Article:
IN Pakistan’s context, the suspension of a subordinate is best described as a responsibility-shedding tactic. Unfortunately, the political bosses find this a nifty way to divert attention from their own incompetence. We can see this in the aftermath of the attack on the Ziarat Residency and the Nanga Parbat tragedy. The Ziarat attack had stunned the country, but all that the people got as a sop more than a week later was an announcement by Balochistan Chief Minister Dr Abdul Malik Baloch that he had suspended the deputy commissioner and five police officials because they had “failed to protect the Quaid-i-Azam’s Residency”. Up in the north, the mountaineers’ murder may not have caused emotions to be as bruised, but the cold-blooded slaughter of a peaceful group of trekkers nevertheless sent shockwaves across country. They were tourists and had no motive other than that of scaling Pakistan’s daunting peaks. Then Interior Minister Chaudhry Nisar Ali Khan sprang into action which saw the federal government suspending the Gilgit-Baltistan chief secretary and the inspector general of police, causing the GB chief minister to criticise the move.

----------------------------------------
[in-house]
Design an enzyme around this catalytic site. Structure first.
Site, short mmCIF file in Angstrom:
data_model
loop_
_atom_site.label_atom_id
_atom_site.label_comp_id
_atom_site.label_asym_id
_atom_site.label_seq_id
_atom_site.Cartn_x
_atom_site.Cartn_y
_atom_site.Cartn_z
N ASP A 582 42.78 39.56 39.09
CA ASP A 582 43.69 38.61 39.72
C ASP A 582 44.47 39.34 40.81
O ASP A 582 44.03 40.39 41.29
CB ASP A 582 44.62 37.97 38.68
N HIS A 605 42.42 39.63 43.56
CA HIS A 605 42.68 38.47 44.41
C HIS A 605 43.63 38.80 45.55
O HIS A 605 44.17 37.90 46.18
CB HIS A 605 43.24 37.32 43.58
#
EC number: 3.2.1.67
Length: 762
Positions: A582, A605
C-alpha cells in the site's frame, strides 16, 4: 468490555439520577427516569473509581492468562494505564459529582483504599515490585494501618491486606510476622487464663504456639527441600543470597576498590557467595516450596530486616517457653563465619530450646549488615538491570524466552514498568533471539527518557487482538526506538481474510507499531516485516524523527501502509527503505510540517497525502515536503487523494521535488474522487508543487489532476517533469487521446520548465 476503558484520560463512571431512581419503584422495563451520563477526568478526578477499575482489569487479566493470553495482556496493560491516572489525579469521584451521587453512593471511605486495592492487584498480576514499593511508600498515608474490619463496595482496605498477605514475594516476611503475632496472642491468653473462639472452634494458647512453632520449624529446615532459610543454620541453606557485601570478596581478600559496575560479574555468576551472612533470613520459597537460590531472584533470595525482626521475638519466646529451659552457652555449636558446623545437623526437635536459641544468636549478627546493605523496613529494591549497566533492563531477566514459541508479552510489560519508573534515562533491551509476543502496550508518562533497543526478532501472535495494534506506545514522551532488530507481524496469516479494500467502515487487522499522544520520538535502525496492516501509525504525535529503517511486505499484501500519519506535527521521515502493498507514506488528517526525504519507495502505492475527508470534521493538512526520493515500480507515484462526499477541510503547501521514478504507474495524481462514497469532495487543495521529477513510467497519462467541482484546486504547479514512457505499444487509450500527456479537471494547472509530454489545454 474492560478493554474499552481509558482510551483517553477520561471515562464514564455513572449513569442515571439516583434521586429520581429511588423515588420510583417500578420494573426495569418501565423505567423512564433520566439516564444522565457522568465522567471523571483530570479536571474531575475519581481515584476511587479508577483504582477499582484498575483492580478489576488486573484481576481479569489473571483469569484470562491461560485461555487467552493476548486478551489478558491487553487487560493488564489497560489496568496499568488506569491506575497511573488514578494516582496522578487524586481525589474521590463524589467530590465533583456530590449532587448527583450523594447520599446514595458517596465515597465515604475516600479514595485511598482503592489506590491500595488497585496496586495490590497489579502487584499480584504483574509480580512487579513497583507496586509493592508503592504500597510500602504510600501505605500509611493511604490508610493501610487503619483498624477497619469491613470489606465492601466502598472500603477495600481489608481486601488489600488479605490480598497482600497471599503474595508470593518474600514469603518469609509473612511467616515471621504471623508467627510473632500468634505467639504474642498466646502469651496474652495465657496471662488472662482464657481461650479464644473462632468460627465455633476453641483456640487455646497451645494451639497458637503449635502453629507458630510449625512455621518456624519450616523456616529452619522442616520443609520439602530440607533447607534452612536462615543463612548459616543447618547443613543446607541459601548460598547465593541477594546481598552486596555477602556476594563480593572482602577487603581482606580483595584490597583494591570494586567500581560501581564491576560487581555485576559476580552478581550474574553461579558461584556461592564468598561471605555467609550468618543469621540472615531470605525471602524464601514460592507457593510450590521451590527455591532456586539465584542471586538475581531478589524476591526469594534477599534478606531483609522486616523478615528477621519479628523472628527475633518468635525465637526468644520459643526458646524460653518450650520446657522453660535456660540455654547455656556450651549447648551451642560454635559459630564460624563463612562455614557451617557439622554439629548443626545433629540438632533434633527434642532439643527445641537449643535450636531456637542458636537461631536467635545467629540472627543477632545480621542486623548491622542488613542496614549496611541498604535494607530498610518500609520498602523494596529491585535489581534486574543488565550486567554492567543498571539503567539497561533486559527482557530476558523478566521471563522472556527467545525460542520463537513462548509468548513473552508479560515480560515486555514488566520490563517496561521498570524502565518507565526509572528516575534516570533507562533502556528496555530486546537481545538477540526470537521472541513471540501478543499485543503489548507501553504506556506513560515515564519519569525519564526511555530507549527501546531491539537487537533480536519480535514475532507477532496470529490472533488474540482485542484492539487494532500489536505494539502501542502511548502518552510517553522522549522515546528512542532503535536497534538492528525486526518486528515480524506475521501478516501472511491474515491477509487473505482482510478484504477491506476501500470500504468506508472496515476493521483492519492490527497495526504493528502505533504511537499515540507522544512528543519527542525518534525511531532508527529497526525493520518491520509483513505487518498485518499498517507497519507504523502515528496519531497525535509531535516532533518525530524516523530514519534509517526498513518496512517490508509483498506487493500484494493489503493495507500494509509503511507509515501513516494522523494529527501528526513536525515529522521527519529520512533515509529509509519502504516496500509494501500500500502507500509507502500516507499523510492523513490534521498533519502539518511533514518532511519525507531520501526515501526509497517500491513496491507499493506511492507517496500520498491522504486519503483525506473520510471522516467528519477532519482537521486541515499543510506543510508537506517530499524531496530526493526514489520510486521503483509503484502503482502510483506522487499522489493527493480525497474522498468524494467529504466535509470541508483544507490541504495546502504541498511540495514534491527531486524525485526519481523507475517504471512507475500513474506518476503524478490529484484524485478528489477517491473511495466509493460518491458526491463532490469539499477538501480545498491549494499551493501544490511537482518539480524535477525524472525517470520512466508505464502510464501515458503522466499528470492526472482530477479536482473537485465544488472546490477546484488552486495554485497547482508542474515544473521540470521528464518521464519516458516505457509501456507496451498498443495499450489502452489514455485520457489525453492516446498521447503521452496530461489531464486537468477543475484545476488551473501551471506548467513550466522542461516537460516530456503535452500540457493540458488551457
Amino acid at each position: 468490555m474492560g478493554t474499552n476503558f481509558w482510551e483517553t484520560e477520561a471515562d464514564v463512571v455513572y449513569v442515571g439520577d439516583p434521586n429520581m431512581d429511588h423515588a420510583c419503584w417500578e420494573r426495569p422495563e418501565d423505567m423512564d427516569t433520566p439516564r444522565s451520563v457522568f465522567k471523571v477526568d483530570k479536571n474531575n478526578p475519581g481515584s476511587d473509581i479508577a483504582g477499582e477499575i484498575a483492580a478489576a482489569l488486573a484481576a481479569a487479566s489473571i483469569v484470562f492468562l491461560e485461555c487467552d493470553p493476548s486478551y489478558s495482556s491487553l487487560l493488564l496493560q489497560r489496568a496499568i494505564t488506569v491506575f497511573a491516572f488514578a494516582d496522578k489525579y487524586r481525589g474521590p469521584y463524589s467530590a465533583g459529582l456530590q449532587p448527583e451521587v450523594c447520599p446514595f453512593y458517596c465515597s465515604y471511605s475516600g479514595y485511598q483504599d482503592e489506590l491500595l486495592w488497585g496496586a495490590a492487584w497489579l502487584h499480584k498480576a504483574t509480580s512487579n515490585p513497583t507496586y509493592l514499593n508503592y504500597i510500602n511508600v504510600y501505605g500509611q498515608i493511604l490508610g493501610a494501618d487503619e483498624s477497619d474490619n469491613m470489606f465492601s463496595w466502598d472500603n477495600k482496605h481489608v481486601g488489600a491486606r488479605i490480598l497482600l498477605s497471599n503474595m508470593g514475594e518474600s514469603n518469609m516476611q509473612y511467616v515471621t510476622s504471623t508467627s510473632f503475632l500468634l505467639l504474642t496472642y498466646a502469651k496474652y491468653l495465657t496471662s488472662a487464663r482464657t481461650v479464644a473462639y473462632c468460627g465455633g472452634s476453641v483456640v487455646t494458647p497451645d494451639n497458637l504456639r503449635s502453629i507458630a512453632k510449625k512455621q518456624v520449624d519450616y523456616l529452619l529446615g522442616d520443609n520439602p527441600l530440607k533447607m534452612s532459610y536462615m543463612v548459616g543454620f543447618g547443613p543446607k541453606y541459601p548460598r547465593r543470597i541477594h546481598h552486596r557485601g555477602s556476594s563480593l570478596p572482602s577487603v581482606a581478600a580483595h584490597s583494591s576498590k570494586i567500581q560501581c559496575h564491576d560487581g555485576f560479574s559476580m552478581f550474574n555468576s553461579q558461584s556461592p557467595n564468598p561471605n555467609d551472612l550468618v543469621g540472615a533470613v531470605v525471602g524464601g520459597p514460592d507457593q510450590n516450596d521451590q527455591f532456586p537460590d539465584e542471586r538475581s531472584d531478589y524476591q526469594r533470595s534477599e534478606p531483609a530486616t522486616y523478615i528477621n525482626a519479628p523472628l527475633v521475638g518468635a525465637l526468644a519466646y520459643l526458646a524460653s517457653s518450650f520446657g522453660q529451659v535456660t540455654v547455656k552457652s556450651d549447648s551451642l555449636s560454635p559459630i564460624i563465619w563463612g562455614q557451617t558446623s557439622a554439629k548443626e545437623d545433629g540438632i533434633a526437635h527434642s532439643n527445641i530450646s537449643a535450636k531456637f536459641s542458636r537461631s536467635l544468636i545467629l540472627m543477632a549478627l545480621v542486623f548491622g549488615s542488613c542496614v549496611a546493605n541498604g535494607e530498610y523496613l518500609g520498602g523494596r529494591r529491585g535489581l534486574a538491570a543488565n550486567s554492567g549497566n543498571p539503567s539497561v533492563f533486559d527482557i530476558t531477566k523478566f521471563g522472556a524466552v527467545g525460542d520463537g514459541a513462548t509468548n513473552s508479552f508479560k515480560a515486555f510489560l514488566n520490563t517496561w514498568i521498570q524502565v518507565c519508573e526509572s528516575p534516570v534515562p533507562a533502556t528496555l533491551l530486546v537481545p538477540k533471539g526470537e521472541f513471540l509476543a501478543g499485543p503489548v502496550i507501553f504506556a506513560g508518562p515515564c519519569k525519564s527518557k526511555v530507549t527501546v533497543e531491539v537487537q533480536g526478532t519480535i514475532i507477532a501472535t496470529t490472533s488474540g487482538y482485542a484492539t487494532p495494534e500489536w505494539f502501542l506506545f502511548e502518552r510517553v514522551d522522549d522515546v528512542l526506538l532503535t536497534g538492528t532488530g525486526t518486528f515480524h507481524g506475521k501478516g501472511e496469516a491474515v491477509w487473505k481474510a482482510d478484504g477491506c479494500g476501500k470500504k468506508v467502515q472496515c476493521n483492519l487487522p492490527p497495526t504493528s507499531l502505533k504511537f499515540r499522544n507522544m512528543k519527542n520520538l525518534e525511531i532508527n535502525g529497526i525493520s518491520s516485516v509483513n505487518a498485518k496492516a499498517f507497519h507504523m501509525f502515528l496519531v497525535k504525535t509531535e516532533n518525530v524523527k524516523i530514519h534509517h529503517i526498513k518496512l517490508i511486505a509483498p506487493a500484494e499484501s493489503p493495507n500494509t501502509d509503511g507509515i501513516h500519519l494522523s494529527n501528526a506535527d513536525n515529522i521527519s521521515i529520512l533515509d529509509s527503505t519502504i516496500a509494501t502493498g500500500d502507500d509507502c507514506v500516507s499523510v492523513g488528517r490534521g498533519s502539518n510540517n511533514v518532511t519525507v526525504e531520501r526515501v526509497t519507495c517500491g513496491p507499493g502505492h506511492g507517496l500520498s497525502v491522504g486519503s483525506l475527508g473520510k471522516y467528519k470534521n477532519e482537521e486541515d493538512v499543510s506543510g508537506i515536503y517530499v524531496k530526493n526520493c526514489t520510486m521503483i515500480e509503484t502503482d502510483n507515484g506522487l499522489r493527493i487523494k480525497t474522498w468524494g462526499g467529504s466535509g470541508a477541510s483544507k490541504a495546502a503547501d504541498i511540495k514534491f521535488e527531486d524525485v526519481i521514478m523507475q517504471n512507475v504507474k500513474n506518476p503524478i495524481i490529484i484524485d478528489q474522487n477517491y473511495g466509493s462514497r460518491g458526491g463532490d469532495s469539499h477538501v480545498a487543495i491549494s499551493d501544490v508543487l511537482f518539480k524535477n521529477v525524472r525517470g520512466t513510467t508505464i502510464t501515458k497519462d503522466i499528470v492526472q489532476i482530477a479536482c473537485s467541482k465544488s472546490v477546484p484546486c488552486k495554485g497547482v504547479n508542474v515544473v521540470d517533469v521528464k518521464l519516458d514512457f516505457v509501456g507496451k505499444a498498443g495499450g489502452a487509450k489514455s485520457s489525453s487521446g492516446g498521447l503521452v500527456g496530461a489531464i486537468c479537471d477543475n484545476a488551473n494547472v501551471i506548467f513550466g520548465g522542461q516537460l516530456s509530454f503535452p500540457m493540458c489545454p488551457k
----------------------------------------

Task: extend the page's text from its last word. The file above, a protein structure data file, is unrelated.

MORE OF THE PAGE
In similar fashion, after acts of terrorism in Karachi, high-ranking police officials have often enough found their services being suspended by the government. Certainly, suspensions and transfers may be necessary where dereliction of duty or abuse of the law is detected. But unfortunately, our politicians appear to use this tactic to absolve themselves of the blame. They must realise and feel themselves responsible for the sober truth: tens of thousands of Pakistanis have been killed or wounded by the militants over the years, but neither the Musharraf government nor the PPP-led dispensation that followed managed to formulate a comprehensive counterterrorism strategy. Merely suspending police and other officials does not cause people to forget where the buck stops.